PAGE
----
Walk around Palermo Viejo aka “Palermo Soho” afterwards. This is the coolest district, with some good barista-type cafés – Full City at Thames 1535 is recommended – and very hip fashion outlets on the streets around the Plaza Julio Cortázar. 

For dinner, indulge in a steak-fest at one of South America’s best grill restaurants at Don Julio; the same group, lauded in international rankings, also runs El Preferido de Palermo.

The Pampas

The province around Buenos Aires has some of the best agricultural land in the country

Credit: Getty Images

Countryside estancia

Buenos Aires’s surrounding province is also called Buenos Aires. It’s immense and has the best agricultural land in the country – which basically means in the world. Drive out to Estancia Villa María for a barbecue lunch and carriage ride. Confident riders can saddle up with a gaucho-cum-guide and have a canter on one of the criollo horses. There’s also an 18-hole golf course and tennis courts. The lawns and parkland were landscaped by Charles Thays, also responsible for beautifying Recoleta’s plazas. Villa María is not the only estancia by any means, but it’s only 36 miles away so you’re not spending hours travelling to get to your relaxing destination.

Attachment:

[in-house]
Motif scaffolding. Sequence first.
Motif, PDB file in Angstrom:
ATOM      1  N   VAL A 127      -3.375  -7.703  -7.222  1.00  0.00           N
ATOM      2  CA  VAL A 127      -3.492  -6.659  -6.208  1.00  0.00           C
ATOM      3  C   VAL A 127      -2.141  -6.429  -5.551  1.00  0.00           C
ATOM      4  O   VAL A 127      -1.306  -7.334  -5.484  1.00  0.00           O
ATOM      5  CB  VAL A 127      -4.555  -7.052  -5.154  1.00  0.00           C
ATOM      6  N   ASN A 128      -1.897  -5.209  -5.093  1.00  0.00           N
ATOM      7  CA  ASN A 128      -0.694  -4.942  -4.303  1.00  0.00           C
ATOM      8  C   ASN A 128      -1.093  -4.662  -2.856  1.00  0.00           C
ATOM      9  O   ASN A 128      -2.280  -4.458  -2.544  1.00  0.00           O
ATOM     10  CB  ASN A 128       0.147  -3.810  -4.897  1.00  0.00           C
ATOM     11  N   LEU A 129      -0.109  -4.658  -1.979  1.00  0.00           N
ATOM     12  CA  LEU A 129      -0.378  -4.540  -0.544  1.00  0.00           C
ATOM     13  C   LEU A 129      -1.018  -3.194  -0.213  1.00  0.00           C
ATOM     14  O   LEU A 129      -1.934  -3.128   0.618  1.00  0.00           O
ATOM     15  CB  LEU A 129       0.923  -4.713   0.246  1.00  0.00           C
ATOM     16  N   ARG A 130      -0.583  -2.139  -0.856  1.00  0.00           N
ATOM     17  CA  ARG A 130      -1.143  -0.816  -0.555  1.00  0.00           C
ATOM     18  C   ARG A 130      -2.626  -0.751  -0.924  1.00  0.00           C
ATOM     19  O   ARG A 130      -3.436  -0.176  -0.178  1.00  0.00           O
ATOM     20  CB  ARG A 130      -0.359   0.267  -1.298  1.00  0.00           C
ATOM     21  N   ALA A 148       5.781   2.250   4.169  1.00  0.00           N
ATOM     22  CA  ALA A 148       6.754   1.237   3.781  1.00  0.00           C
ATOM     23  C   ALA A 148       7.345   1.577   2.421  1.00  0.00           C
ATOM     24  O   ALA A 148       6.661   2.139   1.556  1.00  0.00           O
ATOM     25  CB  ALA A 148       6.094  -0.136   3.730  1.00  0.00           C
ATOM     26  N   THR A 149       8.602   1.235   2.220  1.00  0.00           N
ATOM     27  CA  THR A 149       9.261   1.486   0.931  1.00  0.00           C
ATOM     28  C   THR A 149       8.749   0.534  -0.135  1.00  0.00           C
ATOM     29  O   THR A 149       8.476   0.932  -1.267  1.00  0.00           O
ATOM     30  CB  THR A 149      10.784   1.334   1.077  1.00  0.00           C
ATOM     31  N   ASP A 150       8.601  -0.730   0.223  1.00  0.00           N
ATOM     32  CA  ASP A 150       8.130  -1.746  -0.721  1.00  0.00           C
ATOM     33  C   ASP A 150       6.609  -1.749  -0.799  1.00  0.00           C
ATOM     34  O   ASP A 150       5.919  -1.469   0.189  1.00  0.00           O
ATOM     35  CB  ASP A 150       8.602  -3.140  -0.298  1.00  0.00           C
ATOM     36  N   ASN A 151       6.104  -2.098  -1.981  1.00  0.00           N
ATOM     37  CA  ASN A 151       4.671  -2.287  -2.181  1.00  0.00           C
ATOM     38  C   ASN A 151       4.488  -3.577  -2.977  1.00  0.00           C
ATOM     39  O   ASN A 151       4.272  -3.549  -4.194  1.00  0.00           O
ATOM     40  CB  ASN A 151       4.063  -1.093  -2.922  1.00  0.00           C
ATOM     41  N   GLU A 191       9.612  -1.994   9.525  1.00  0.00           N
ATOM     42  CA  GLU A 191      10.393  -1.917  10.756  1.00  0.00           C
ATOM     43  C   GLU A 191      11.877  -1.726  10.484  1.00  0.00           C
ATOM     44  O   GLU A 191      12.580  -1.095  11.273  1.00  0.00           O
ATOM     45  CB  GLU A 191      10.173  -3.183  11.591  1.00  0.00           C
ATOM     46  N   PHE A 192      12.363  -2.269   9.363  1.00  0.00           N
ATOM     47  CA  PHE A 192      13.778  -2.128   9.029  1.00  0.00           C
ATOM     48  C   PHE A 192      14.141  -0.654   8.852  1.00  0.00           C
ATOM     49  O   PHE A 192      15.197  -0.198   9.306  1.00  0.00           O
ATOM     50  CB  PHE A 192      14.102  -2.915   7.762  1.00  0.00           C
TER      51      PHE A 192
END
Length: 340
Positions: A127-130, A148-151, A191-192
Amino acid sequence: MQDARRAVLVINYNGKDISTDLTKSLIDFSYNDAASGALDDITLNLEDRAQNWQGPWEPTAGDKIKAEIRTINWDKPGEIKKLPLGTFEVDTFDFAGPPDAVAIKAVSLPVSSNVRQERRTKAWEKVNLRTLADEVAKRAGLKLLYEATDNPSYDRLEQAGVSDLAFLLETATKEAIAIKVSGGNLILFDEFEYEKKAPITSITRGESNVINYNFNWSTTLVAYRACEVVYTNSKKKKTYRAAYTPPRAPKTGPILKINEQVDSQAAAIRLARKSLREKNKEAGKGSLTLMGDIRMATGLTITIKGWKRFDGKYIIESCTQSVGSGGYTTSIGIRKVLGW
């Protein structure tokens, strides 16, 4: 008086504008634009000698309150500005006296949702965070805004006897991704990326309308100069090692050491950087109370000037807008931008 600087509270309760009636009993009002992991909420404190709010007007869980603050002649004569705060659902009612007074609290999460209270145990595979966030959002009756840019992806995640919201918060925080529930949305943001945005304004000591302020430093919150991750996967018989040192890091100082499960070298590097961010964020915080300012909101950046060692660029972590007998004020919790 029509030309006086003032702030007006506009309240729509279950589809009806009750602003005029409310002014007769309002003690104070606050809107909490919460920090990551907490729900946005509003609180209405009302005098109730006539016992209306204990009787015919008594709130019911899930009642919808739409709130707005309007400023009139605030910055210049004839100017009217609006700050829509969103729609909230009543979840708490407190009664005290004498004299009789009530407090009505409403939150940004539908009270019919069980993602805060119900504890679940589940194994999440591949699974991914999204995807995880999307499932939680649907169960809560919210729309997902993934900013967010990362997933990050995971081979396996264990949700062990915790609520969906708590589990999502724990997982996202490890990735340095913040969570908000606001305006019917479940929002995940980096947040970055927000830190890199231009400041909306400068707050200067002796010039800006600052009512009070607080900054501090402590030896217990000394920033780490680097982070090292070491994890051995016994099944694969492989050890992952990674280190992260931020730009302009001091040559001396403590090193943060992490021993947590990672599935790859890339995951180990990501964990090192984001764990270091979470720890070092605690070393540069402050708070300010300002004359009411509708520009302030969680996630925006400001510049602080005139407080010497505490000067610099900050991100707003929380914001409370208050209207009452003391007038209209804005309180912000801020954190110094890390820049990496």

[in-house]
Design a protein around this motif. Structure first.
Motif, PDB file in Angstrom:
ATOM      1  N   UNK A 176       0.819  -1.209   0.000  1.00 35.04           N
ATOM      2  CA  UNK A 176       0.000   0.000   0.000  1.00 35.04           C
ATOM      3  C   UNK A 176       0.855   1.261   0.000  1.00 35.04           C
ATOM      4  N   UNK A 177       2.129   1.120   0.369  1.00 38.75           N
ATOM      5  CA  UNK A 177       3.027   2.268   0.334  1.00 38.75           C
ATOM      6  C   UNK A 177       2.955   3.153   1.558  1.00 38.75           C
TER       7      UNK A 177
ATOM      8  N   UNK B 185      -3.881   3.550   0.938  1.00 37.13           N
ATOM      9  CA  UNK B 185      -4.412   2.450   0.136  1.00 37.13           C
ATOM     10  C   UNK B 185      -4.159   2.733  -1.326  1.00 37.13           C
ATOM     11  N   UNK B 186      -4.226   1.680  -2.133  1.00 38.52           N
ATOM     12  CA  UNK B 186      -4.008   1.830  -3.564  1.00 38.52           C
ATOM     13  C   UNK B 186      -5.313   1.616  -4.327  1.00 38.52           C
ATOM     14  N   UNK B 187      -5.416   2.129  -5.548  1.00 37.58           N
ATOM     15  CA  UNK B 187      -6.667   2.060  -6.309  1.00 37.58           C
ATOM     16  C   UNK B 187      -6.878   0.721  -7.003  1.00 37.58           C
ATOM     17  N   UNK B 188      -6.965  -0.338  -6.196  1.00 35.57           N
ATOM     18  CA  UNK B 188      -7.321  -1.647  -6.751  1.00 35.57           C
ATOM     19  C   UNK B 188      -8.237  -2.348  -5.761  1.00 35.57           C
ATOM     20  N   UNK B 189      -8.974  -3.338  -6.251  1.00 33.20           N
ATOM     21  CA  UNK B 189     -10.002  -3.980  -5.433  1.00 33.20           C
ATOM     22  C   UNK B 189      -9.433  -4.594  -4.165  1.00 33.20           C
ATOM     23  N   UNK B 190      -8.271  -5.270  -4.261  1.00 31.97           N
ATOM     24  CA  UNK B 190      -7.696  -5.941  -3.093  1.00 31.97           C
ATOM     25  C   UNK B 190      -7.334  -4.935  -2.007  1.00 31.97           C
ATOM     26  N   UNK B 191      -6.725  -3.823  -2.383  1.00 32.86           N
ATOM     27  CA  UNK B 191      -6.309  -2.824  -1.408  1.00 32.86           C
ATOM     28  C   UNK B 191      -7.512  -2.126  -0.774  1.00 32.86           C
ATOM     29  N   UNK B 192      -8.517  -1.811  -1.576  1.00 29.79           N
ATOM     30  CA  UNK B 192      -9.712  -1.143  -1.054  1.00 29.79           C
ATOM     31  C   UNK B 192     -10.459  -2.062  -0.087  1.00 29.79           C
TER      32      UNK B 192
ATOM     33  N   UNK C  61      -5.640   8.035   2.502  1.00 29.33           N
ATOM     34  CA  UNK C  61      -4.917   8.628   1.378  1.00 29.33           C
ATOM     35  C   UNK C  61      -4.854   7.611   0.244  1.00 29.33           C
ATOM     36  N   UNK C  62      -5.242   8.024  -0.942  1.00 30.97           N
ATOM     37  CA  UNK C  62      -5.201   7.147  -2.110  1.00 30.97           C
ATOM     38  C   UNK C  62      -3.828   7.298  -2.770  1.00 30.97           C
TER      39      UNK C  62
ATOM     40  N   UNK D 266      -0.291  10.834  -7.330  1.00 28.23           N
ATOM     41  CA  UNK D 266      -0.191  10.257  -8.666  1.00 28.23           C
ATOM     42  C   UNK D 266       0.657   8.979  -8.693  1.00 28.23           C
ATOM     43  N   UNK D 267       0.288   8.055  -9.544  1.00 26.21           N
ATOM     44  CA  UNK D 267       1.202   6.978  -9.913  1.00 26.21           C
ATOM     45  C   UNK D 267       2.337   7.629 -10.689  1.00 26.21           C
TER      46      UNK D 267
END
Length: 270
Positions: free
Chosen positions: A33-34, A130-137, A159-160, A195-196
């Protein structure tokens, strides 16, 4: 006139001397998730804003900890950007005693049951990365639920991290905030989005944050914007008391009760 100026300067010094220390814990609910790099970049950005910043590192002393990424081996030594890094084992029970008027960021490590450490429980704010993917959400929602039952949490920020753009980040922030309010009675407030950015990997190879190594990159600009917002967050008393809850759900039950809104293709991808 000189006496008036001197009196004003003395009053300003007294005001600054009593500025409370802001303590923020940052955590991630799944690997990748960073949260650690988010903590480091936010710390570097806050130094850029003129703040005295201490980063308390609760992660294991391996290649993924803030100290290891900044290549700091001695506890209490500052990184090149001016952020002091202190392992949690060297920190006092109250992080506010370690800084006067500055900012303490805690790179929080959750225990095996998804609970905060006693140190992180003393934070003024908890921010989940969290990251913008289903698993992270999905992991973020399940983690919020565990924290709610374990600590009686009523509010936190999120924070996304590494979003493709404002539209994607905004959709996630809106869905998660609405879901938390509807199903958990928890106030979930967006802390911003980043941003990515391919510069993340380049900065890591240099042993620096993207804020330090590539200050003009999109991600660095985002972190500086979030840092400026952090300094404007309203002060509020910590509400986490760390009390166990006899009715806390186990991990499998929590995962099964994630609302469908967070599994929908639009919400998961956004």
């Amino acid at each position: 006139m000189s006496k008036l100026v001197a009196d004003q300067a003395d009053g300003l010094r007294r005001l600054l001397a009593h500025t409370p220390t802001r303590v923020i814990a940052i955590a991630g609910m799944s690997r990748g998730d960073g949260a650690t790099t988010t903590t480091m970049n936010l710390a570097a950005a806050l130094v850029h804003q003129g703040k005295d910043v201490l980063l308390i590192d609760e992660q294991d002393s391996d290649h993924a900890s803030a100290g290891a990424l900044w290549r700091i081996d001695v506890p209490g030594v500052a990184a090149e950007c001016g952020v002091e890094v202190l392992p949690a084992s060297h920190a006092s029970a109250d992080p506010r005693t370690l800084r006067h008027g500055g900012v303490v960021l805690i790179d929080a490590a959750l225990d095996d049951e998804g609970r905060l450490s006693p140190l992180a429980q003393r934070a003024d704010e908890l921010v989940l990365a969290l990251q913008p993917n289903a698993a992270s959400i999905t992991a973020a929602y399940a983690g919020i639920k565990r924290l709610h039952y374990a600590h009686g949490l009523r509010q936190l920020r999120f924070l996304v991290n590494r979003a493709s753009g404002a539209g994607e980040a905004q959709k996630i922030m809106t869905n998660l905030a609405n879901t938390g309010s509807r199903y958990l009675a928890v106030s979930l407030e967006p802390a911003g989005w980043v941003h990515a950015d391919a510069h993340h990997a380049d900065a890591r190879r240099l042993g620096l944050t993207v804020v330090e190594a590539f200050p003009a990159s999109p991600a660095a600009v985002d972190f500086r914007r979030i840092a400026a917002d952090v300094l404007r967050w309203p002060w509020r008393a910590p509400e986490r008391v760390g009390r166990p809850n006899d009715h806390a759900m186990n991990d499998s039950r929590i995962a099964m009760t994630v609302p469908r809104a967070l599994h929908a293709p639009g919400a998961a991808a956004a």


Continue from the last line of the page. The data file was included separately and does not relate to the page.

Gaucho riders

Confident riders can saddle up with a gaucho guide

Credit: Getty Images

Head back to Buenos Aires for your final night there. If you’re still hungry, have a pizza at the atmospheric Güerrín on Avenida Corrientes – the Broadway of Buenos Aires and the “street that never sleeps”. Skip the cheesy tango shows, but ask your concierge to check what’s happening at Torquato Tasso and Club Atlético Fernández Fierro; these are great venues for live music, including concert-style tango.

winery in Mendoza

Enjoy miles of soft sand (almost) to yourself

Credit: Alamy Stock Photo

The capital of wine